I’ve been involved with San Francisco tenant legislative campaigns for over thirty years, and the strategic savvy, racial and ethnic diversity, and grassroots strength of tenant activists has rarely been better demonstrated. This legislation will not stop all Ellis evictions or slow steadily rising rents, but by reducing incentives for future evictions by imposing a decade long moratorium on new conversions, it was the best result possible under the circumstances.
Supervisors Avalos, Campos and Mar are now in their second terms as reliable tenant votes. They stood by tenants from the darkest times back in February through the June victory.
I questioned David Chiu’s commitment to fighting for the tenant cause early in the legislative process, but he stayed the course and his legislative expertise boosted the tenants’ cause.
Jane Kim was also solidly in the tenant camp from the start, and used her position on the Land Use Committee to help tenants turn the tide. Kim’s disposing of opposition arguments in her comments prior to the Board vote was widely hailed by tenant advocates. As much as many of us miss Kim’s Budget Committee expertise, tenants were fortunate over the past months that she was serving on Land Use.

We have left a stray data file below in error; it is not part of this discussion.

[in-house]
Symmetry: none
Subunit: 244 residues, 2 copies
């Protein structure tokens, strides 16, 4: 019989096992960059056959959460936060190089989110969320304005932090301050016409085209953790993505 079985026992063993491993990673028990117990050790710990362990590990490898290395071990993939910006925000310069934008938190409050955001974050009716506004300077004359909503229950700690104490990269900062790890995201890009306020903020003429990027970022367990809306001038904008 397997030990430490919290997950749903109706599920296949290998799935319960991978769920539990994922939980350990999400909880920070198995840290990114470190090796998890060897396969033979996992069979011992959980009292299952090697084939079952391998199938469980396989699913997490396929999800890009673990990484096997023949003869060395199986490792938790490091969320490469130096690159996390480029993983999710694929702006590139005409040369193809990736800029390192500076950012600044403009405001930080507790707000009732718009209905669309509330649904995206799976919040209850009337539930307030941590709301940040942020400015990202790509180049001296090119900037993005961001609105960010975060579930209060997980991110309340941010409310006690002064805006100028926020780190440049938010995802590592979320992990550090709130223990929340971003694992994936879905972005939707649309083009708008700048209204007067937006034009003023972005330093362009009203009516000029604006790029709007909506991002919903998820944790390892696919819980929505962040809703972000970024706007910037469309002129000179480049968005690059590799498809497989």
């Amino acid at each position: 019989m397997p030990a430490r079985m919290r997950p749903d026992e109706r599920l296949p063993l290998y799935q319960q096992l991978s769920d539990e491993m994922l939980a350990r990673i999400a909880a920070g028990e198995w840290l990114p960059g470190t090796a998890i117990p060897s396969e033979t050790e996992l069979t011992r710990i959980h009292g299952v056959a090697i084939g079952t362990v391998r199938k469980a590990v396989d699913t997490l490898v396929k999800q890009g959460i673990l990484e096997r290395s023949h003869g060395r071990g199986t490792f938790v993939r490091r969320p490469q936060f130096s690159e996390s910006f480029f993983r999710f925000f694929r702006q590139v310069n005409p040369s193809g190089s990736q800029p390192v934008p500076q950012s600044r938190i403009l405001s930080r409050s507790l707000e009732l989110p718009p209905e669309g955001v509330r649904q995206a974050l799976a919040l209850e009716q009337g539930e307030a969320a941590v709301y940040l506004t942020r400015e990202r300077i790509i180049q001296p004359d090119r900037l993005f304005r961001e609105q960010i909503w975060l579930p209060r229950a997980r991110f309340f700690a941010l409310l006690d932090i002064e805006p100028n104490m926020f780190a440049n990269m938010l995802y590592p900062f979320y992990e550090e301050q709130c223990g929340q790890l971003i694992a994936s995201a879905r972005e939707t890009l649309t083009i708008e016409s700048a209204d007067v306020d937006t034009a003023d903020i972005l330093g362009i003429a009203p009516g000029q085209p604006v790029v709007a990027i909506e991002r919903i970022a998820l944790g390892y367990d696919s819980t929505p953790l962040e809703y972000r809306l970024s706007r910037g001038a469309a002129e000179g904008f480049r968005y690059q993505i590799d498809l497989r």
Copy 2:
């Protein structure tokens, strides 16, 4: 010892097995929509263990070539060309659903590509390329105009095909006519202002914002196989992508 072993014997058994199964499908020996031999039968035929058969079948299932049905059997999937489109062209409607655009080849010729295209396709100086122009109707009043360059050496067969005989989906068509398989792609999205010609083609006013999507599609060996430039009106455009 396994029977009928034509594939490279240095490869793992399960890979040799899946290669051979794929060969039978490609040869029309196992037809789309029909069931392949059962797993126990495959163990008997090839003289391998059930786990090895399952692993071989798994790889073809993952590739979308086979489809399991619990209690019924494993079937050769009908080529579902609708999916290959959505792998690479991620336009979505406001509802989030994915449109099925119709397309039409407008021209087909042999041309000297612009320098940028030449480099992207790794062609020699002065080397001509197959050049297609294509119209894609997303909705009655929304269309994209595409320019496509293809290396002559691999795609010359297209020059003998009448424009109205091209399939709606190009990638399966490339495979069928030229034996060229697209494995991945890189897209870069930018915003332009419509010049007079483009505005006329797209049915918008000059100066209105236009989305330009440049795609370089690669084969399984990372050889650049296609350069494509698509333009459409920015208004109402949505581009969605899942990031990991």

London Breed avoided what would have been a very controversial “No” vote, and also brought home millions in condo conversion fees for public housing tenants in her district. Breed long appeared aligned with speculator interests, but when push came to shove she cast the vote that her constituents overwhelmingly supported.
Scott Wiener would be in my winners’ column had he not engaged in parliamentary tactics in the past week that alienated many of his colleagues. Wiener’s relationships with fellow supervisors was already strained over other matters, and his tactics in getting his version of the condo law out of Land Use and to the full Board have increased his colleagues’ distrust. While Wiener ultimately voted against a bill he initiated, he can and will tell TIC owners that he started the process that finally led to their bypassing the lottery.
Plan C and the real estate speculation wing of the Board of Realtors lost big from the 8-3 vote. They not only failed to keep London Breed on their side, but their poor advocacy efforts turned a likely victory into a defeat.
Plan C lost big because the group was exposed as using the cause of TIC owners as a front for their own profiteering from speculative evictions. The group opposed legislation helping the very TIC owners whose interests they claimed to represent. Meanwhile, the legislation backed by tenant groups—who Plan C has accused of opposing homeowners—enabled an estimated 2000 TIC owners to bypass the lottery.
Plan C proved that it only cared about TIC owners if they would help them win unlimited condo conversions. They are the big losers in the condo conversion struggle.Filed under: Archive